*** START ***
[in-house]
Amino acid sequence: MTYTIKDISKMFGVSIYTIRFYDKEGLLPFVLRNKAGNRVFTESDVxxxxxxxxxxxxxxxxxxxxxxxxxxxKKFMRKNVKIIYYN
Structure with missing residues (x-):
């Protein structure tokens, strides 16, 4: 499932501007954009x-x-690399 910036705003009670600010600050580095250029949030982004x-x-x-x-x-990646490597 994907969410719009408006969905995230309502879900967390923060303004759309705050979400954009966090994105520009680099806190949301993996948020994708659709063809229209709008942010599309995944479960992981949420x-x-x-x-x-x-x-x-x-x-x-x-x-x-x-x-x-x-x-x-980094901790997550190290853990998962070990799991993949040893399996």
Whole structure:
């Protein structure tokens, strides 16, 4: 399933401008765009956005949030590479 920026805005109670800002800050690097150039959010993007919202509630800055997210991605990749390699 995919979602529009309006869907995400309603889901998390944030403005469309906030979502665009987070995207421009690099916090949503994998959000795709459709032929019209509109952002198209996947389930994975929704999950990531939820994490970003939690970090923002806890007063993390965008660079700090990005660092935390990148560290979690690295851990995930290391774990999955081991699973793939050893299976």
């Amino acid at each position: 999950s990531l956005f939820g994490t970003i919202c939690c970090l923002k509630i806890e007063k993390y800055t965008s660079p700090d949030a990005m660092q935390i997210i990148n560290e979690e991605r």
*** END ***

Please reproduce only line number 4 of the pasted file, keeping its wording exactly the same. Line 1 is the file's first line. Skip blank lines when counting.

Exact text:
């Protein structure tokens, strides 16, 4: 499932501007954009x-x-690399 910036705003009670600010600050580095250029949030982004x-x-x-x-x-990646490597 994907969410719009408006969905995230309502879900967390923060303004759309705050979400954009966090994105520009680099806190949301993996948020994708659709063809229209709008942010599309995944479960992981949420x-x-x-x-x-x-x-x-x-x-x-x-x-x-x-x-x-x-x-x-980094901790997550190290853990998962070990799991993949040893399996």